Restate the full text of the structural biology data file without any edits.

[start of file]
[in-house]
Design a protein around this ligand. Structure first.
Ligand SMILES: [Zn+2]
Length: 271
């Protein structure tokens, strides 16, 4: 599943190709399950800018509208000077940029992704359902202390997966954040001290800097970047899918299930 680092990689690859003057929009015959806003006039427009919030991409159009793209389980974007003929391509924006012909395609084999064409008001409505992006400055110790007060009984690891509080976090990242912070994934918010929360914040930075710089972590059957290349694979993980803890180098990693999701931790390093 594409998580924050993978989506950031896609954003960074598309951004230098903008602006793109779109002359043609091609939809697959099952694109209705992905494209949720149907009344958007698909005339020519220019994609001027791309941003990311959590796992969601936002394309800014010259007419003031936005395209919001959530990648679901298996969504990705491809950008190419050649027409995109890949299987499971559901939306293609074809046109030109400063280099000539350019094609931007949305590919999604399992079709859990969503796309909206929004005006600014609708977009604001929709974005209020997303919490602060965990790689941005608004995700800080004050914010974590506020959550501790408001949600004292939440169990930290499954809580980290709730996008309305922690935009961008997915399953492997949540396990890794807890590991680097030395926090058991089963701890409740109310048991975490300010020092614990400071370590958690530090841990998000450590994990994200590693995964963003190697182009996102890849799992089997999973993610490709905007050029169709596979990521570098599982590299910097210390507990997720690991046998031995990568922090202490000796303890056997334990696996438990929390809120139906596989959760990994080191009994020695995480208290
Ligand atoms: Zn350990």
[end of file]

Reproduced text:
[in-house]
Design a protein around this ligand. Structure first.
Ligand SMILES: [Zn+2]
Length: 271
């Protein structure tokens, strides 16, 4: 599943190709399950800018509208000077940029992704359902202390997966954040001290800097970047899918299930 680092990689690859003057929009015959806003006039427009919030991409159009793209389980974007003929391509924006012909395609084999064409008001409505992006400055110790007060009984690891509080976090990242912070994934918010929360914040930075710089972590059957290349694979993980803890180098990693999701931790390093 594409998580924050993978989506950031896609954003960074598309951004230098903008602006793109779109002359043609091609939809697959099952694109209705992905494209949720149907009344958007698909005339020519220019994609001027791309941003990311959590796992969601936002394309800014010259007419003031936005395209919001959530990648679901298996969504990705491809950008190419050649027409995109890949299987499971559901939306293609074809046109030109400063280099000539350019094609931007949305590919999604399992079709859990969503796309909206929004005006600014609708977009604001929709974005209020997303919490602060965990790689941005608004995700800080004050914010974590506020959550501790408001949600004292939440169990930290499954809580980290709730996008309305922690935009961008997915399953492997949540396990890794807890590991680097030395926090058991089963701890409740109310048991975490300010020092614990400071370590958690530090841990998000450590994990994200590693995964963003190697182009996102890849799992089997999973993610490709905007050029169709596979990521570098599982590299910097210390507990997720690991046998031995990568922090202490000796303890056997334990696996438990929390809120139906596989959760990994080191009994020695995480208290
Ligand atoms: Zn350990």